In-Vivo Antidiabetic Activity and Safety of The Aqueous Stem Bark Extract of Kleinia squarrosaAbdirahman YA1*, Juma KK1, Mukundi MJ1,3, Gitahi SM1, Agyirifo DS1, Ngugi MP1, Gathumbi PK2, Ngeranwa JJN1 and Njagi ENM1
- *Corresponding Author:
- Abdirahman YA
Department of Biochemistry and Biotechnology
Kenyatta University, P.O. Box 43844-00100, Nairobi, Kenya
E-mail: [email protected] gmail.com
Received date: August 10, 2015; Accepted date: September 05, 2015; Published date: September 09, 2015
Citation: Abdirahman YA, Juma KK, Mukundi MJ, Gitahi SM, Agyirifo DS, et al. (2015) In-Vivo Antidiabetic Activity and Safety of The Aqueous Stem Bark Extract of Kleinia squarrosa. J Diabetes Metab 6:601. doi:10.4172/2155-6156.1000601
Copyright: © 2015 Abdirahman YA, et al. This is an open-access article distributed under the terms of the Creative Commons Attribution License, which permits unrestricted use, distribution, and reproduction in any medium, provided the original author and source are credited.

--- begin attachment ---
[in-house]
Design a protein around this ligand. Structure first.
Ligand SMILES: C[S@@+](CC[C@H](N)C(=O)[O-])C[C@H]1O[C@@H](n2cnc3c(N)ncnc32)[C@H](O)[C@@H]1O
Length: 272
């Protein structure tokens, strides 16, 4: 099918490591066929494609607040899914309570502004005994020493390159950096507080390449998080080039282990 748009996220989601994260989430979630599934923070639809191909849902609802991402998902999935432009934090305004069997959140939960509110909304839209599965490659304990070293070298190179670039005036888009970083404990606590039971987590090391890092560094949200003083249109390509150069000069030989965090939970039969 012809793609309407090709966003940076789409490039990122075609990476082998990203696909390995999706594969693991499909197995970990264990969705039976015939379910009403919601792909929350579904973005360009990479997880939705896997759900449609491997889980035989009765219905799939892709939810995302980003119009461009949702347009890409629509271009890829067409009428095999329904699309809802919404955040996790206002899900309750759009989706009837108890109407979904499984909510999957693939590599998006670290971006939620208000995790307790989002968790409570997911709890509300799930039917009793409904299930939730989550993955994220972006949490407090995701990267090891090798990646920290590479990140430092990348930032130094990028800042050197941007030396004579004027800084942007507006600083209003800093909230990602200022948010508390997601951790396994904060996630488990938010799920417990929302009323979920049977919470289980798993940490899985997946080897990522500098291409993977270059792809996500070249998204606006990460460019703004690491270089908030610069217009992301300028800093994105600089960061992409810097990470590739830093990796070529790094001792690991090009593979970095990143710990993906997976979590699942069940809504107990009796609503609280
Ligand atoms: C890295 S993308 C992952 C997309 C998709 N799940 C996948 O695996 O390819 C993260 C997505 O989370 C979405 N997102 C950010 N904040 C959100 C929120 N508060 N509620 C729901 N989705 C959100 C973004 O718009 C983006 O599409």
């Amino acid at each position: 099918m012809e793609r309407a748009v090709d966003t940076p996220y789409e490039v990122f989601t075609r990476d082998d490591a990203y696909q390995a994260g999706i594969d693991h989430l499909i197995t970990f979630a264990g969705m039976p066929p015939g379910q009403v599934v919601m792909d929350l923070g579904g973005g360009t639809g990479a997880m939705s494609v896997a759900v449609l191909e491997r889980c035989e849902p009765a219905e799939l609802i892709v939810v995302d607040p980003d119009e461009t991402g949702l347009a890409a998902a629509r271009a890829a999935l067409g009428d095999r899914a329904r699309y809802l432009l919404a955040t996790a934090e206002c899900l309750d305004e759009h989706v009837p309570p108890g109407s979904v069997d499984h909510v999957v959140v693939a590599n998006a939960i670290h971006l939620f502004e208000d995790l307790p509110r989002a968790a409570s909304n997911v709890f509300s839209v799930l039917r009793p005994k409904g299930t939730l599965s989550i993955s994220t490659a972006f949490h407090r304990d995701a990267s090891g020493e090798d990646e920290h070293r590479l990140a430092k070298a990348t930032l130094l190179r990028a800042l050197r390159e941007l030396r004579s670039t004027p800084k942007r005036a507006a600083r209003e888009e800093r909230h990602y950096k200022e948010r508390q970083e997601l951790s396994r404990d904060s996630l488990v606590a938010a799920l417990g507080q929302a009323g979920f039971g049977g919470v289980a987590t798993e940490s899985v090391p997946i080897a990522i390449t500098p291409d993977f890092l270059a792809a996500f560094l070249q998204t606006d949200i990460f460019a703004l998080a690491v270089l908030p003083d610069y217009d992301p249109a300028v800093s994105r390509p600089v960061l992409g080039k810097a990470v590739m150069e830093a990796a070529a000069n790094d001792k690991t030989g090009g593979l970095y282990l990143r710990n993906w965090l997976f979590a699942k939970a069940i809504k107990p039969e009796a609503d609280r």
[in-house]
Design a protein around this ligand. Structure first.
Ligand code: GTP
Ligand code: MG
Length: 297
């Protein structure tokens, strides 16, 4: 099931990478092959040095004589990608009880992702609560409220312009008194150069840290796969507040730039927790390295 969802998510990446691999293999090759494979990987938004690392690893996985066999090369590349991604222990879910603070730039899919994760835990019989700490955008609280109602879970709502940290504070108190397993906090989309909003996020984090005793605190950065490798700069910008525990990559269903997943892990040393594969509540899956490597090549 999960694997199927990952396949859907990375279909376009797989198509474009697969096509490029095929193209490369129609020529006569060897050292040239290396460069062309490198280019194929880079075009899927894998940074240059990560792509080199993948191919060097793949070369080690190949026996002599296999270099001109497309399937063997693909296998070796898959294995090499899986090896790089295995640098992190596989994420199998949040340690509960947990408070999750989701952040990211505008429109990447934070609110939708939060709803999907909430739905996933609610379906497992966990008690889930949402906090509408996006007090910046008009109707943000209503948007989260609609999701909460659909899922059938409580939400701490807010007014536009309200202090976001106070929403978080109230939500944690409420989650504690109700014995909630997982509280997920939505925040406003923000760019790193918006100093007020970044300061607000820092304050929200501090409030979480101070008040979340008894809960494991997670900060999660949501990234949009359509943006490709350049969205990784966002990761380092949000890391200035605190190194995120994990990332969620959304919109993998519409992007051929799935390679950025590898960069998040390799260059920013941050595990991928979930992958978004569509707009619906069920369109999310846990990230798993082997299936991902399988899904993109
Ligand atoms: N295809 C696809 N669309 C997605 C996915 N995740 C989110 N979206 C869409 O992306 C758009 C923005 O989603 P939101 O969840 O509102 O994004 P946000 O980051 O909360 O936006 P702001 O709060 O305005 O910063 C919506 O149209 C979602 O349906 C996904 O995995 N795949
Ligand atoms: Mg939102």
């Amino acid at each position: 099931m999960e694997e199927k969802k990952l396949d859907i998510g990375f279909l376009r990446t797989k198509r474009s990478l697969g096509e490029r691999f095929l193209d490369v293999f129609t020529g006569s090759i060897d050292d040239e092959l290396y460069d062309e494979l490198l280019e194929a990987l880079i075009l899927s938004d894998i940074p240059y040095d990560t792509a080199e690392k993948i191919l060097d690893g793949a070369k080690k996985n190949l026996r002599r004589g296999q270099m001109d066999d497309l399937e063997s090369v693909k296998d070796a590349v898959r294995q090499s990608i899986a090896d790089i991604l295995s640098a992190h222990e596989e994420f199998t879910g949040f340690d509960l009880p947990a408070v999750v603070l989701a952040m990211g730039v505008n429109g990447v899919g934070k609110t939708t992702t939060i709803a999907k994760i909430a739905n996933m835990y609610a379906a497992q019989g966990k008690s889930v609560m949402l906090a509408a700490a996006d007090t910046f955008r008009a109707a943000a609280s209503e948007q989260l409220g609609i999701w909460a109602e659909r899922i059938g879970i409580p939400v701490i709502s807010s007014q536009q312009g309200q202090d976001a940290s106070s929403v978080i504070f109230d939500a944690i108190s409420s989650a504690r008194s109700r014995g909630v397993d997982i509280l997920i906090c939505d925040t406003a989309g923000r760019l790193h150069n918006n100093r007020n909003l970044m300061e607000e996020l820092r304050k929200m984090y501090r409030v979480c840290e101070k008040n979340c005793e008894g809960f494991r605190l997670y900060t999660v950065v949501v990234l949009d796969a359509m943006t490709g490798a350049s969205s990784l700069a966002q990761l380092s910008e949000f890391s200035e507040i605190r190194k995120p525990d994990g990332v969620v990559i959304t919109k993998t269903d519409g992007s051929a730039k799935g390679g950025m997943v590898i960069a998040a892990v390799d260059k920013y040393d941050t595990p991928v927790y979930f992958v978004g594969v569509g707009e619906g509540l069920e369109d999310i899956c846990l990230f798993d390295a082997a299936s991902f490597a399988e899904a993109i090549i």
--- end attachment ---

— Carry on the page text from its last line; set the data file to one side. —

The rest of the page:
Kleinia squarrosa has been used traditionally to manage several diseases including diabetes, however, its efficacy and safety is not well evaluated. The aim of this study was to determine in-vivo hypoglycemic activity and safety of the aqueous stem bark extracts of this plant in male swiss white albino mice. The antidiabetic activity was screened in alloxan induced diabetic mice using oral and intraperitoneal routes. The safety of the extract was studied in mice that were orally and intraperitoneally administered with 1 g/kg body weight daily for 28 days by recording changes in body and organ weights, hematological and biochemical parameters and histology. Mineral composition was estimated using total reflection X-ray fluorescence system (TRXF) and atomic absorption spectrometry (AAS). Phytochemical composition was assessed using standard procedures. The extract showed hypoglycemic activity at dose levels of 50, 100, 200, 300 mg/kg body weight. Administration of 1 g/kg body weight of the extract decreased the body weight gain using both routes, and altered the organ to body weight percentage of the liver and lungs for intraperitoneal route while oral route only altered the liver. Oral administration of the same dose caused a change in levels of RBC, ALP, AST, LDH CK and Creatinine while the same intraperitoneal dose caused a change in RBC, WBC, Hb, PCV, PLT, MCH, MCHC, neutrophils, lymphocytes, eosinophils, monocytes and biochemical parameters: AST, ALT, GGT, LDH, T-BIL, D-BIL, Urea and Creatinine. Moreover, intraperitoneal administration caused significant histological lesions to the kidney, liver and spleen. The extracts contained tannins, phenols, flavonoids, saponins, and alkaloids. Sodium, Chlorine, Potassium, Calcium, Titanium, Vanadium, Chromium, Manganese, Iron, Copper, Zinc, Arsenic, Cadmium, Magnesium, Nickel and Lead were present in the extracts at levels below the recommended daily allowance. The observed hypoglycemic activity and slight toxicity could be associated with the phytochemicals present in this plant extract.